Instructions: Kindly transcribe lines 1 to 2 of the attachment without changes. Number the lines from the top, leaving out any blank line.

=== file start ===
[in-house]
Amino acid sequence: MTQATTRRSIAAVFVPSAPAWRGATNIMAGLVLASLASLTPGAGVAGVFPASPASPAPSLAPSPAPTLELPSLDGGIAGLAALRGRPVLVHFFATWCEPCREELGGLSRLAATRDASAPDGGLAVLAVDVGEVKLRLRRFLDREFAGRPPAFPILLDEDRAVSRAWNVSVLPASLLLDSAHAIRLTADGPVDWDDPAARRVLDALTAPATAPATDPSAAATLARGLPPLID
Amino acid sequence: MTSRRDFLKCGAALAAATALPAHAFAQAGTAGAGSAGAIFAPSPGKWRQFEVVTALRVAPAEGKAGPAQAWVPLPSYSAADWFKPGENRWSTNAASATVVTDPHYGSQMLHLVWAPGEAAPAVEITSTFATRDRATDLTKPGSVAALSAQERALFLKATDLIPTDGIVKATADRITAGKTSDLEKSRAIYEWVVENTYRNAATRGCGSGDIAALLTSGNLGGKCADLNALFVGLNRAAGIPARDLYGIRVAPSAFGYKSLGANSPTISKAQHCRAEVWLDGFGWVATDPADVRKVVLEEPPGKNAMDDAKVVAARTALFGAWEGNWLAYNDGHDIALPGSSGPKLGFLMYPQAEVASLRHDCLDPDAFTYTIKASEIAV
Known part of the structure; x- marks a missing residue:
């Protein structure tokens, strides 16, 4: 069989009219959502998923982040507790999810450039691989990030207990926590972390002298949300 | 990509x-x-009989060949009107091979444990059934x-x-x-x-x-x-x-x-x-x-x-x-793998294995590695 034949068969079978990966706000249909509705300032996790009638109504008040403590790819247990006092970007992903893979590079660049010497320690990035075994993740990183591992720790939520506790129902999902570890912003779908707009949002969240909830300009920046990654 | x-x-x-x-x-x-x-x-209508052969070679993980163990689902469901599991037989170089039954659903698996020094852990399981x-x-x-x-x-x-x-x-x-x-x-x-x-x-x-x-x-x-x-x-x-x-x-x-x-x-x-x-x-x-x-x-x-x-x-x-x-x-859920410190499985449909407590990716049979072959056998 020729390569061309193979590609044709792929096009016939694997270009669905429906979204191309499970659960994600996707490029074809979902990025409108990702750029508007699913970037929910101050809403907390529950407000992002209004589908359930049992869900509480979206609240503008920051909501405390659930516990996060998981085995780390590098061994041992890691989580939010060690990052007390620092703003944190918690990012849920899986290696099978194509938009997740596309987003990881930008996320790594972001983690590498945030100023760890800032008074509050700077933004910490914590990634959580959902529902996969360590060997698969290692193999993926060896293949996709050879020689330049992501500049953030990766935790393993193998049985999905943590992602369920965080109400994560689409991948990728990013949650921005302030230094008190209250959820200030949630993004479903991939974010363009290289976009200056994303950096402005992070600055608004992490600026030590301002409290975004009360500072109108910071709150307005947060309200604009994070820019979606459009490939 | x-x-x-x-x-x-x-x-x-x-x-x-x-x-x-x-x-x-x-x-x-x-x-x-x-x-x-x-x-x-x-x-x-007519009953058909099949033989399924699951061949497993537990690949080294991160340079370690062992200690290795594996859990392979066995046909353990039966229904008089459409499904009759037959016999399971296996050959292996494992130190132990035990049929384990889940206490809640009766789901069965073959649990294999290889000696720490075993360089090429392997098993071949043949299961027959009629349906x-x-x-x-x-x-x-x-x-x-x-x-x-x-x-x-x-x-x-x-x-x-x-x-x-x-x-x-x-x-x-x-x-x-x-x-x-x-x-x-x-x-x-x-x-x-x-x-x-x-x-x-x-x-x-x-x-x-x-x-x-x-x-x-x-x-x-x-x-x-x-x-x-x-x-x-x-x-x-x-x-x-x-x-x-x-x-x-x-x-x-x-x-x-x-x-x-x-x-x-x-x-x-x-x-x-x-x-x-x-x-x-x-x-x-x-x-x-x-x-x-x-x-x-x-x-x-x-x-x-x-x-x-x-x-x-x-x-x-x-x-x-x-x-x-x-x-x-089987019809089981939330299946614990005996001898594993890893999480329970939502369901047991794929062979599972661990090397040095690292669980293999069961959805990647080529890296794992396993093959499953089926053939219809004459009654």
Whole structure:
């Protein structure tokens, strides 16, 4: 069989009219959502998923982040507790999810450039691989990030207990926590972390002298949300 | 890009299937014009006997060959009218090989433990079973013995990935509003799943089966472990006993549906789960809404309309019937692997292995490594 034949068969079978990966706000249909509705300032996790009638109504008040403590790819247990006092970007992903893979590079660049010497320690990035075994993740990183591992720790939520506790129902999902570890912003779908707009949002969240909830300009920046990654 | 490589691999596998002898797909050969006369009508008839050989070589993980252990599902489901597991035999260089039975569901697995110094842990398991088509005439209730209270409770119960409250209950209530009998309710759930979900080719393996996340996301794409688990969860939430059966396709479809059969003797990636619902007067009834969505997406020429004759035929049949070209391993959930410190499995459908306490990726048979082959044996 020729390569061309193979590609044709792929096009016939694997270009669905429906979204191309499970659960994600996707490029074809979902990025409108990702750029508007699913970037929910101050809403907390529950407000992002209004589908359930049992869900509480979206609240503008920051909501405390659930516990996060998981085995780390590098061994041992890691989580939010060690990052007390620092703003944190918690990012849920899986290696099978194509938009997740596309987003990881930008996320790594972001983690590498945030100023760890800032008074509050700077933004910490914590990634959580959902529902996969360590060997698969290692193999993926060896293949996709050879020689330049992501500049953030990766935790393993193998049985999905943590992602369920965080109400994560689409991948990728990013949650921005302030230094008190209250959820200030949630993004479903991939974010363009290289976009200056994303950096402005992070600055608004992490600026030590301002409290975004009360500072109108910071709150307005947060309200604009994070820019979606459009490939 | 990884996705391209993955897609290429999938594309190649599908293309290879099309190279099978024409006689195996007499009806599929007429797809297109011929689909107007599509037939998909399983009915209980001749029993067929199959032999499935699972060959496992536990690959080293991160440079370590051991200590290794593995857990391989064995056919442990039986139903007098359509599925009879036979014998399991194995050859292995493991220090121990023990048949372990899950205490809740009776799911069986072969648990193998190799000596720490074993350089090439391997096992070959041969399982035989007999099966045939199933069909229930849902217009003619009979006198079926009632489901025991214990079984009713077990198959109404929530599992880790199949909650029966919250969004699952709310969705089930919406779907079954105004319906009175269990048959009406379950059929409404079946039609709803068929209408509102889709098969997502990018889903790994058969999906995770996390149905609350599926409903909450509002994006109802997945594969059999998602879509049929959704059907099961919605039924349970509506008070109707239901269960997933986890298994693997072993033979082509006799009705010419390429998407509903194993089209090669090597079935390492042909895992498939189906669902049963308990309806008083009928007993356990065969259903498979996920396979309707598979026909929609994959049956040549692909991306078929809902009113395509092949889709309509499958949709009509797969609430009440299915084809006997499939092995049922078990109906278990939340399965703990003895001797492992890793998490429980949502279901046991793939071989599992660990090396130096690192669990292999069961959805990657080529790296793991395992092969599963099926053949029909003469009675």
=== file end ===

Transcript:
[in-house]
Amino acid sequence: MTQATTRRSIAAVFVPSAPAWRGATNIMAGLVLASLASLTPGAGVAGVFPASPASPAPSLAPSPAPTLELPSLDGGIAGLAALRGRPVLVHFFATWCEPCREELGGLSRLAATRDASAPDGGLAVLAVDVGEVKLRLRRFLDREFAGRPPAFPILLDEDRAVSRAWNVSVLPASLLLDSAHAIRLTADGPVDWDDPAARRVLDALTAPATAPATDPSAAATLARGLPPLID